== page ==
U.S. Patent and Trademark Office records allow nearly unlimited access to the Social Security numbers, credit card numbers and bank account numbers of hundreds of inventors who petition to reclaim their patent rights each year.
Inventors who are late to file maintenance fees due after four, eight and 12 years of patent ownership must explain the delay to the patent office and show why they should be allowed to keep their patent rights.
More than 1,000 inventors petition to reclaim their patent rights each year. Inventors typically provide the information to prove that hardship prevented them from paying their maintenance fees on time. The fees range from $450 for independent inventors to up to $3,800 for large companies.
The records, which are not required but frequently are submitted as supporting documentation, include divorce decrees, tax returns, records of psychological therapy, professional license suspensions, hospital bills, credit reports, telephone numbers and home addresses.
Richard Pierce, a Brea, Calif., resident who owns a patent on a device to help emergency responders administer cardiopulmonary resuscitation with flashing light signals, has his credit report listed in patent office records.
“Why would they need all of that information?” asked Mr. Pierce’s wife, Cathleen. “If you have a patent, the patent is to get the product to the general public. Why does the public need to know what we eat and breathe? I think it’s an invasion of the most intimate of privacy.”
Patent office officials acknowledge the risk of identity theft, although they are not aware of any problems, and said they are trying to find a solution.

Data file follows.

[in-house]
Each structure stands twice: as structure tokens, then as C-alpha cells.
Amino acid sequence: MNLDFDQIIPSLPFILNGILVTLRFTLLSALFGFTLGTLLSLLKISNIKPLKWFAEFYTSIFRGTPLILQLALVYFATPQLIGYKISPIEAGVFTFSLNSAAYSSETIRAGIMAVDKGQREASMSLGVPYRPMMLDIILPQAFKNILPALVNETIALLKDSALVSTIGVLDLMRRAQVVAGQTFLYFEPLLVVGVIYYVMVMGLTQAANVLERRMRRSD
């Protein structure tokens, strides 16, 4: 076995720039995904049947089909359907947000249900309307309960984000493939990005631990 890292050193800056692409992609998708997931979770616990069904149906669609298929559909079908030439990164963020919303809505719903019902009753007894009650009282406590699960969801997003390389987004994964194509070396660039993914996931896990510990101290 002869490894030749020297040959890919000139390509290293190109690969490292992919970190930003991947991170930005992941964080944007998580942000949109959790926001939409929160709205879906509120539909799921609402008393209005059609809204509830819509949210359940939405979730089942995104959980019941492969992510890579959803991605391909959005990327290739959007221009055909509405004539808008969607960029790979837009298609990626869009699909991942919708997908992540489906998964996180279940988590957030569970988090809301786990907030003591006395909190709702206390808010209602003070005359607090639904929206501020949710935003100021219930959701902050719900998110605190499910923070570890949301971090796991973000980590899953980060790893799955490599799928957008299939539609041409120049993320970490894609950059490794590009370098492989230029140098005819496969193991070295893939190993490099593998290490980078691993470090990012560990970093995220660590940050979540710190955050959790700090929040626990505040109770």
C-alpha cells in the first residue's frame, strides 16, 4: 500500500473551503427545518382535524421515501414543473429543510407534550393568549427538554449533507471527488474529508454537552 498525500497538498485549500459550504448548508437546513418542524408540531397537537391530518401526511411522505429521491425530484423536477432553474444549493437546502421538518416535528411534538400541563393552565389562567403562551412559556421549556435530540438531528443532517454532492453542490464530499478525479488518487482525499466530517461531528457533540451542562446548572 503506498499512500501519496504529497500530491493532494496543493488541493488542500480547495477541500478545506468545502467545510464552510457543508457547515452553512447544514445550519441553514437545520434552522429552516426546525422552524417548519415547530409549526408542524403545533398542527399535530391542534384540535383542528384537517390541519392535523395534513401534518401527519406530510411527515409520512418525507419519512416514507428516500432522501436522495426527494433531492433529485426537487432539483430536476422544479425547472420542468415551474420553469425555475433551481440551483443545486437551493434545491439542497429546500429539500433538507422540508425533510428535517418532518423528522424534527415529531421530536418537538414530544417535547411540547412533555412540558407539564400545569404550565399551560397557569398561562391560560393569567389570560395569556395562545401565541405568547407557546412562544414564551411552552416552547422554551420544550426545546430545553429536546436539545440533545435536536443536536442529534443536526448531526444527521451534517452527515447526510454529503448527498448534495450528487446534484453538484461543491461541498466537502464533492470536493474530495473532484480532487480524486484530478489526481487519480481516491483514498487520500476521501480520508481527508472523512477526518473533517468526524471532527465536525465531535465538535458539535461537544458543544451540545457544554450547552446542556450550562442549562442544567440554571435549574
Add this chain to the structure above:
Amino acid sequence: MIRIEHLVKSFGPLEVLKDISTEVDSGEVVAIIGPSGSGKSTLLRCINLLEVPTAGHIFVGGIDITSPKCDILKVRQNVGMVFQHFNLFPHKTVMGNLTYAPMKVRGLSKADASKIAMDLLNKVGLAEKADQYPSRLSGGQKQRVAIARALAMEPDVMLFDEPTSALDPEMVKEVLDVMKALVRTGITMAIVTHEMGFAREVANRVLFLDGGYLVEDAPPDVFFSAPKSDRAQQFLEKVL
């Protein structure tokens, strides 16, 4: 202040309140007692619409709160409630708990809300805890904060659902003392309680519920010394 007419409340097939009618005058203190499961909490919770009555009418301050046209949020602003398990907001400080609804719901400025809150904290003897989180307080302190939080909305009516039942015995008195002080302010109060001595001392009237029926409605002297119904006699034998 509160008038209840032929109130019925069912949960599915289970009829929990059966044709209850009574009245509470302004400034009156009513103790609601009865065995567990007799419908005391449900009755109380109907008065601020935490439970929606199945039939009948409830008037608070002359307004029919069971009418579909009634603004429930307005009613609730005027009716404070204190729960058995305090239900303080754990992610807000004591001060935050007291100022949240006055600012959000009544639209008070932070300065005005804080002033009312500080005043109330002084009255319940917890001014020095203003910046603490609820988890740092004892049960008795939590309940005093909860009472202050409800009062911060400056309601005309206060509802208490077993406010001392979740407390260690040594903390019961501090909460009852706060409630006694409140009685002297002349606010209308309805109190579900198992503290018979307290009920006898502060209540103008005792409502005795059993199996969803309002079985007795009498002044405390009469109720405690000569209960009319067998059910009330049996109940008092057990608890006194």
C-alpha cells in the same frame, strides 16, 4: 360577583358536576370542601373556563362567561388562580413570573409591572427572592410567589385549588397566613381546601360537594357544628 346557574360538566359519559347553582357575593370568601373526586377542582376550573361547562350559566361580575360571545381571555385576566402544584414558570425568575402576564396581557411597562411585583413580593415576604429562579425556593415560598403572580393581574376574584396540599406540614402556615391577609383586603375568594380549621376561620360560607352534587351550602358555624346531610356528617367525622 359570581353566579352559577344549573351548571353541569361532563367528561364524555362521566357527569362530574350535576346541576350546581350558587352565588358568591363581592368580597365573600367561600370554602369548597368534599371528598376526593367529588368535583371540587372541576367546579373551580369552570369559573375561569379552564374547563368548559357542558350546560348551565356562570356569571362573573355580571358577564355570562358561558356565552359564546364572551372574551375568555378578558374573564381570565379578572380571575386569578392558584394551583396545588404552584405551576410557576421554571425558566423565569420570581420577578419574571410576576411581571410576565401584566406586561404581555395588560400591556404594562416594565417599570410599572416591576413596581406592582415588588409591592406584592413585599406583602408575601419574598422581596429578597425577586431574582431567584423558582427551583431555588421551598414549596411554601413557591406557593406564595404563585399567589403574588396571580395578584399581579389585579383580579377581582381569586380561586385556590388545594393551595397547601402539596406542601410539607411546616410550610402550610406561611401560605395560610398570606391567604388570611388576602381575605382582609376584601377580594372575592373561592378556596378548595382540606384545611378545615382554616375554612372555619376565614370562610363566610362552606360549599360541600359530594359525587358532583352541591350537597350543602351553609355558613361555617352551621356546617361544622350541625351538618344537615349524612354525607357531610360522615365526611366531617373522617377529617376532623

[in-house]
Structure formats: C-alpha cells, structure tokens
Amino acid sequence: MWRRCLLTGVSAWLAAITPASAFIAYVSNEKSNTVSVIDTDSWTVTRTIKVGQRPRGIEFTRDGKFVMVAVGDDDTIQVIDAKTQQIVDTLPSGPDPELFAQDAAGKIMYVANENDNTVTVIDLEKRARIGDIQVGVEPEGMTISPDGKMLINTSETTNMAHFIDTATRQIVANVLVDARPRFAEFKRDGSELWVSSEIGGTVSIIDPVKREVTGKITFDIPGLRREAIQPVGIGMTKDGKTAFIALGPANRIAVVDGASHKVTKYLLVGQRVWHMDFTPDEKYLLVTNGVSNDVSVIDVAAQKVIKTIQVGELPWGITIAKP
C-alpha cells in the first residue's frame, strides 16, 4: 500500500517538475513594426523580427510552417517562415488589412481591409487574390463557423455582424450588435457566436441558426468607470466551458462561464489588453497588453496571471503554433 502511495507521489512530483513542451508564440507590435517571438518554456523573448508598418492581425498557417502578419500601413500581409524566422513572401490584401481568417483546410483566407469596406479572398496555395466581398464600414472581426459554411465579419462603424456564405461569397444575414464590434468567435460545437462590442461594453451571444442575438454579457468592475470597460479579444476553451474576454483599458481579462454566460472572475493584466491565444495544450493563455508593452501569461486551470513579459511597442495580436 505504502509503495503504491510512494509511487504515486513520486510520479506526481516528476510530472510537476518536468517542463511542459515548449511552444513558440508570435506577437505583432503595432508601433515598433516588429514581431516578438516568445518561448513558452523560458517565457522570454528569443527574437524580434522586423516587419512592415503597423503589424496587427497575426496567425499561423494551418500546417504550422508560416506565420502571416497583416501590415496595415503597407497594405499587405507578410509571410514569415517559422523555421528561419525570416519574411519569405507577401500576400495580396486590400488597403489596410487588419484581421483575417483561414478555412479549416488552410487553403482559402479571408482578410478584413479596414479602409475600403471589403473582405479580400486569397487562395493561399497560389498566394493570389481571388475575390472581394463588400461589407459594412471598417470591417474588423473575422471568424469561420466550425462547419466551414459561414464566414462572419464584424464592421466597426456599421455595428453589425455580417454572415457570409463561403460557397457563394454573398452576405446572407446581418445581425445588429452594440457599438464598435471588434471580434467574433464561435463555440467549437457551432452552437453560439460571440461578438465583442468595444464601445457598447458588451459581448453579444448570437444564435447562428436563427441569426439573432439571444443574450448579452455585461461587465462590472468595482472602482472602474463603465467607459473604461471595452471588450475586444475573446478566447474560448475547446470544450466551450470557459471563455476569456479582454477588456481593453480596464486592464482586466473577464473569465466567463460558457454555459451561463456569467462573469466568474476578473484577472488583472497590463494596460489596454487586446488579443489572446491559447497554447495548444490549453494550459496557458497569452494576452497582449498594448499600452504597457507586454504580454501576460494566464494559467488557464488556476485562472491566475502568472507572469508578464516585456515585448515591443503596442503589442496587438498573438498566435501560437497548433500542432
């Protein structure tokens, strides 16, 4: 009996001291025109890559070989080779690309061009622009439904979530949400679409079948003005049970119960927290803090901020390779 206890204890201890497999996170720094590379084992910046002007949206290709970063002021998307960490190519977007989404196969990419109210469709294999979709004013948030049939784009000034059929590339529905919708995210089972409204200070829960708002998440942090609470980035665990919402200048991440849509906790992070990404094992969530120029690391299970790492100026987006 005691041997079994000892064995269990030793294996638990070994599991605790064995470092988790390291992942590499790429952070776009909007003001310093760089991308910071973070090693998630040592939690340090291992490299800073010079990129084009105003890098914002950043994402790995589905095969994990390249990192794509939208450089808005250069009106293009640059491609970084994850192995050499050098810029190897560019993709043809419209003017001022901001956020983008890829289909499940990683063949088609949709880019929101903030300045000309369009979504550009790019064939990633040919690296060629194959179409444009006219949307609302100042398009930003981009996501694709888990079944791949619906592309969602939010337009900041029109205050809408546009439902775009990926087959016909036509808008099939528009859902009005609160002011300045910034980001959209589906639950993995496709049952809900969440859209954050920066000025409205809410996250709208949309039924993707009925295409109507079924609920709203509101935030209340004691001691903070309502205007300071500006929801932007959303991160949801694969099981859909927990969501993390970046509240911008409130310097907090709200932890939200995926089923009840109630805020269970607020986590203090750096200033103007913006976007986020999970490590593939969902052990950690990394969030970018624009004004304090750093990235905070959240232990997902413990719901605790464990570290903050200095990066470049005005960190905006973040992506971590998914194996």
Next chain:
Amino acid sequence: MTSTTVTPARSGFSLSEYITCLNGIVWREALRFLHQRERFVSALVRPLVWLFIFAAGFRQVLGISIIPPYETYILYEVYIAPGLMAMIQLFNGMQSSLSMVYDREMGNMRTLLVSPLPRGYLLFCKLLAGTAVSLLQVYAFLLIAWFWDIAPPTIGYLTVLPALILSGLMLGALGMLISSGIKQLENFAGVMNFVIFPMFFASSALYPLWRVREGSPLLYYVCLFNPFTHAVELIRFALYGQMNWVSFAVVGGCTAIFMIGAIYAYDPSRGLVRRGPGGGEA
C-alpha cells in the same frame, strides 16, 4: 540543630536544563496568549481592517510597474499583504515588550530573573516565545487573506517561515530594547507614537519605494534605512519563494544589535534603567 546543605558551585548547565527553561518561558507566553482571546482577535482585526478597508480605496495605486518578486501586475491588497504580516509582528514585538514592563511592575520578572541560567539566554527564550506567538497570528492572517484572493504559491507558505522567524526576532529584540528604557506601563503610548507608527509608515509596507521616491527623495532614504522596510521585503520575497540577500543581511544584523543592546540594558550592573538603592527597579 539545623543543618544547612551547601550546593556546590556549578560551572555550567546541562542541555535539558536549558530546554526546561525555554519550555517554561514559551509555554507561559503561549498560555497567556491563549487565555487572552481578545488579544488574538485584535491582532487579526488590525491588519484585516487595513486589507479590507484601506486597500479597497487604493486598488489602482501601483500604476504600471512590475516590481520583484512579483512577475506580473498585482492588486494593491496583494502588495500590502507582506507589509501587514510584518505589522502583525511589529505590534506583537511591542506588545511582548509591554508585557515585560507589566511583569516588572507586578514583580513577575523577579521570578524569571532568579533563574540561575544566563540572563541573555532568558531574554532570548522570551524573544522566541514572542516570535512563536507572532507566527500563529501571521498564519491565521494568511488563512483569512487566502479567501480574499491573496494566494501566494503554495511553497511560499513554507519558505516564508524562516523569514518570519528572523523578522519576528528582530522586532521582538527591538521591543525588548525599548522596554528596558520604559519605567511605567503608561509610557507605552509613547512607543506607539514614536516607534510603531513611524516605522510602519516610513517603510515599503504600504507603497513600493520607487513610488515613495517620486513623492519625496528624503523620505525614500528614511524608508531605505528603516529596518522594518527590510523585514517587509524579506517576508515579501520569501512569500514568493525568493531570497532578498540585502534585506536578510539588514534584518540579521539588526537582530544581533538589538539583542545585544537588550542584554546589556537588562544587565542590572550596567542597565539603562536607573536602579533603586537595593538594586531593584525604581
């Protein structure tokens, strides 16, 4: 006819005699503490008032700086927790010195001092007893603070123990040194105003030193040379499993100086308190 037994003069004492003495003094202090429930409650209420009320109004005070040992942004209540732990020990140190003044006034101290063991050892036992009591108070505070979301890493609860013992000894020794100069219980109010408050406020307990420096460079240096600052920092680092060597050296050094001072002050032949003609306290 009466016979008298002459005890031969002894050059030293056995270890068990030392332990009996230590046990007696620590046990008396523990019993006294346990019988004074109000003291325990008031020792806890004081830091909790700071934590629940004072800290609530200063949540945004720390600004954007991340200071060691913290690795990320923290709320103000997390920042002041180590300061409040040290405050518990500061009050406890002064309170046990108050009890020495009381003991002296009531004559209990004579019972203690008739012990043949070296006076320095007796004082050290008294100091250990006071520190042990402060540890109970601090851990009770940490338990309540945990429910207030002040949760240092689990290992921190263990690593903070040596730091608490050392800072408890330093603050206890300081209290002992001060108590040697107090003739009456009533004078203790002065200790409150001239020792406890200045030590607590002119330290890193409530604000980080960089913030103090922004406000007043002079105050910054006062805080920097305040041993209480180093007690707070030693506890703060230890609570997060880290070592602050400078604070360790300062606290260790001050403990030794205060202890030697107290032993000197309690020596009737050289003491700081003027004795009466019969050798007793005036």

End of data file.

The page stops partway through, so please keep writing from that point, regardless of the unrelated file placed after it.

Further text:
“On the Internet, everything on file about a patent is there for anyone who is interested in finding out what’s going on,” said Richard Maulsby, public affairs director for the patent office.
The patent office does not keep track of identity theft.
“This is a fairly new issue,” Mr. Maulsby said.
Officials posted an advisory Aug. 10 on the agency’s Web site, www.uspto.gov, while they search for a better way to protect inventors. It warns patent owners and applicants to avoid disclosing personal information in records they submit to the office.
“Please remember that all patent application files are published and made available to the public 18 months from the filing date, unless a nonpublication request is made in the application,” the Web site advisory says.
The office also advises inventors at conferences, through its telephone operators and in trade publications.
It is developing recommendations to avoid identity theft and expects to finish them by mid-September.
“What we’ve done immediately is better communicate to our customers that there is a procedure available whereby they can request the information to be kept out of their file,” Mr. Maulsby said.